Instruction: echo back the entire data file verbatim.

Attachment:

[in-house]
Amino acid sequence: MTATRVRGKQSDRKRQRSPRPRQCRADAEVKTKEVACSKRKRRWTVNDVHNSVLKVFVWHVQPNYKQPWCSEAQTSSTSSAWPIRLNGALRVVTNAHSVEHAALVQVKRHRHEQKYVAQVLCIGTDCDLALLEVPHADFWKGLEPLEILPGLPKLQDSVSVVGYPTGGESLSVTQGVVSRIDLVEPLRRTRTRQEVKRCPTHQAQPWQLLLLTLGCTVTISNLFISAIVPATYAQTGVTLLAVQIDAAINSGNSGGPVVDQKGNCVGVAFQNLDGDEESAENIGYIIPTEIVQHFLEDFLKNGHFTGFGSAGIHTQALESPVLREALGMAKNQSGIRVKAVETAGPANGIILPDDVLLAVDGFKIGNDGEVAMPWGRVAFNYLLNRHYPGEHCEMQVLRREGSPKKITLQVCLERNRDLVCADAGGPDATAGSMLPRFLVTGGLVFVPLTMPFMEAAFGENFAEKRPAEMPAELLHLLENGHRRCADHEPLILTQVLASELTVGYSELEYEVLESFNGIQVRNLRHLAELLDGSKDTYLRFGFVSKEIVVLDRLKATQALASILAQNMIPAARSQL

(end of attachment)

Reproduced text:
[in-house]
Amino acid sequence: MTATRVRGKQSDRKRQRSPRPRQCRADAEVKTKEVACSKRKRRWTVNDVHNSVLKVFVWHVQPNYKQPWCSEAQTSSTSSAWPIRLNGALRVVTNAHSVEHAALVQVKRHRHEQKYVAQVLCIGTDCDLALLEVPHADFWKGLEPLEILPGLPKLQDSVSVVGYPTGGESLSVTQGVVSRIDLVEPLRRTRTRQEVKRCPTHQAQPWQLLLLTLGCTVTISNLFISAIVPATYAQTGVTLLAVQIDAAINSGNSGGPVVDQKGNCVGVAFQNLDGDEESAENIGYIIPTEIVQHFLEDFLKNGHFTGFGSAGIHTQALESPVLREALGMAKNQSGIRVKAVETAGPANGIILPDDVLLAVDGFKIGNDGEVAMPWGRVAFNYLLNRHYPGEHCEMQVLRREGSPKKITLQVCLERNRDLVCADAGGPDATAGSMLPRFLVTGGLVFVPLTMPFMEAAFGENFAEKRPAEMPAELLHLLENGHRRCADHEPLILTQVLASELTVGYSELEYEVLESFNGIQVRNLRHLAELLDGSKDTYLRFGFVSKEIVVLDRLKATQALASILAQNMIPAARSQL